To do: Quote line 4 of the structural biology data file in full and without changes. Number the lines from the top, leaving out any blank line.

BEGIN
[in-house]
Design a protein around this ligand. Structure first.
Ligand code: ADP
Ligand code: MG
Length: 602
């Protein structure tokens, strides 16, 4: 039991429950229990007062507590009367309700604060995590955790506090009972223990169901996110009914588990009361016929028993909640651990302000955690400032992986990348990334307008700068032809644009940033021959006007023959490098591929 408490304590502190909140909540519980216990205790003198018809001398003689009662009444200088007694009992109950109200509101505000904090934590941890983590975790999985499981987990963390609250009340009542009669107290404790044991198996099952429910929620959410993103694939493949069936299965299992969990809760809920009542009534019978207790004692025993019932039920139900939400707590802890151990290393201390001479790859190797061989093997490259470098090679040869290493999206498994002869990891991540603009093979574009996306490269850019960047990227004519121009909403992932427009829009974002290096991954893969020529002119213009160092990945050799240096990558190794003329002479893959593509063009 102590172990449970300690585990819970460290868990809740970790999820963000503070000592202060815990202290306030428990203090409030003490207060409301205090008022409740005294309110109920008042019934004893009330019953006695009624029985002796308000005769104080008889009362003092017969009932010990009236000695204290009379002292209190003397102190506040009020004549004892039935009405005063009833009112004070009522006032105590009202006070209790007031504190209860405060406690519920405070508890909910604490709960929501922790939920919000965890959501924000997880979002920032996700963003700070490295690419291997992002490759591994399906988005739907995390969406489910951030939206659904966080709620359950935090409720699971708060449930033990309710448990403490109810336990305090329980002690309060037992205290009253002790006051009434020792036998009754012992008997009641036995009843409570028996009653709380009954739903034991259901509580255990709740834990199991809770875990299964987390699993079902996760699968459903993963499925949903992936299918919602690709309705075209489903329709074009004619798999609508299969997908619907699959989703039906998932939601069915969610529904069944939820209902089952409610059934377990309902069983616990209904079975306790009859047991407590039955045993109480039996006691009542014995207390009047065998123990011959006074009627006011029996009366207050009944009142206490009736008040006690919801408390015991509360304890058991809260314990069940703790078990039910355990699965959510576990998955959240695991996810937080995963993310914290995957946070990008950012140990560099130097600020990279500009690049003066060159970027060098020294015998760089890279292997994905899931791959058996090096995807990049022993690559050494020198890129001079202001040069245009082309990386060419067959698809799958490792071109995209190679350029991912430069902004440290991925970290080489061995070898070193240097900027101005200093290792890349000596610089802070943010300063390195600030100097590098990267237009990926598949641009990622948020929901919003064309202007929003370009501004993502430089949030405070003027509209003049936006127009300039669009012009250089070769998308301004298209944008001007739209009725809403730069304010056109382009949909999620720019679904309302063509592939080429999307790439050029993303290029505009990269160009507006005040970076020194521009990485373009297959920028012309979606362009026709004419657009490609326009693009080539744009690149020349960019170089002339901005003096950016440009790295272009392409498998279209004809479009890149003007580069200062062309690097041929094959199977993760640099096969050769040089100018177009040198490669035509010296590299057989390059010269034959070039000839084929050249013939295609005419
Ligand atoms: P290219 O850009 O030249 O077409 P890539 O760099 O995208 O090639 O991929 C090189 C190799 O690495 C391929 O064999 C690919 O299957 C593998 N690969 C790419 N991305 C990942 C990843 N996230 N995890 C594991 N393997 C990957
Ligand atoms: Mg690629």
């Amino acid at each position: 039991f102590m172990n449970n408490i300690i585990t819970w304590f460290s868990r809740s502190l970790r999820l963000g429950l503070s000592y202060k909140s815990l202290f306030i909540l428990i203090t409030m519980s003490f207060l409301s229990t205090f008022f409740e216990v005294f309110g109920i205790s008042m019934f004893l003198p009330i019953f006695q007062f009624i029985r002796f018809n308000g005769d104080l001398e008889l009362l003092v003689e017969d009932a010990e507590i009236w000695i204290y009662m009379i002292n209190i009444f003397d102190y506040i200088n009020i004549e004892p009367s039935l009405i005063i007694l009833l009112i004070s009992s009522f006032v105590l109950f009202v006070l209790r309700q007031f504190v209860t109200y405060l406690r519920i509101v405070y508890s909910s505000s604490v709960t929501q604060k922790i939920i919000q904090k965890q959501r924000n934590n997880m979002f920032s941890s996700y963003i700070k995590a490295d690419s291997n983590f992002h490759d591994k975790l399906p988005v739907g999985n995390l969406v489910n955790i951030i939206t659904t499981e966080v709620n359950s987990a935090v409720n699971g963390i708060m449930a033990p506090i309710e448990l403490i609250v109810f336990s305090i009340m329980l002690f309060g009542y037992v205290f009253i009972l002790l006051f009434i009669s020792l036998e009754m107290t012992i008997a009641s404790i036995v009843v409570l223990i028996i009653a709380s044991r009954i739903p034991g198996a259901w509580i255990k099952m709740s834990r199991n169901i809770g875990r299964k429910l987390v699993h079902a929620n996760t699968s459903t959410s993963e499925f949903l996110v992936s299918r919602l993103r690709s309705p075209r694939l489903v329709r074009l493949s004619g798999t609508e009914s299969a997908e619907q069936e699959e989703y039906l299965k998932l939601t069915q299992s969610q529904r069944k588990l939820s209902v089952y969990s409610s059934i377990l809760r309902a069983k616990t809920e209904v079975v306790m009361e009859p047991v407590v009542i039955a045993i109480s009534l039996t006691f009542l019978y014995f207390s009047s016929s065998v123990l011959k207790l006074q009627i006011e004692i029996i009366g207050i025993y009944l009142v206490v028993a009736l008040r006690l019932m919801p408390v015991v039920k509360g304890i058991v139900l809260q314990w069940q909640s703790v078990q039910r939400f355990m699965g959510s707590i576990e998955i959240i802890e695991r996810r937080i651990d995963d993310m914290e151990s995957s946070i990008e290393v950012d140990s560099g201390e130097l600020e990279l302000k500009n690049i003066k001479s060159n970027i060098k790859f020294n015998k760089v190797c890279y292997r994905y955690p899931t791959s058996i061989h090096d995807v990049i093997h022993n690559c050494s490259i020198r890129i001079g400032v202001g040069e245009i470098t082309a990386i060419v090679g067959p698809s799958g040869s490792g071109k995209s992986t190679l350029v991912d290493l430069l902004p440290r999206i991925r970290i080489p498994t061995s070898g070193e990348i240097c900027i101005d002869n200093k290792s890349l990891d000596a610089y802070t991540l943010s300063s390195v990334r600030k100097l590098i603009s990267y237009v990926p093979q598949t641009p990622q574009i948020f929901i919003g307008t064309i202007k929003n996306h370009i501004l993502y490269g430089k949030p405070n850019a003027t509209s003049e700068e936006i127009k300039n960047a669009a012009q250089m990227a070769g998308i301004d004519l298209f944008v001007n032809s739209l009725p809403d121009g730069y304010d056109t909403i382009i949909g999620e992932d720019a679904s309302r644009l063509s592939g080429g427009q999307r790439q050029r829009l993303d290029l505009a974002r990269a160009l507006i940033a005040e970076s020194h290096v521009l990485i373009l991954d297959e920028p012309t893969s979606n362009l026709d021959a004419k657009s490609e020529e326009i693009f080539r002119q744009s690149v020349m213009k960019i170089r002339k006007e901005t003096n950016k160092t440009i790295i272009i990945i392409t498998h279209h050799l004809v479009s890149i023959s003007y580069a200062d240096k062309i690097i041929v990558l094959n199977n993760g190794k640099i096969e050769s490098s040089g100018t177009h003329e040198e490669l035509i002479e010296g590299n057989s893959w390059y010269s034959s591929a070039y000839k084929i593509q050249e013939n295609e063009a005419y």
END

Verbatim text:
Ligand code: MG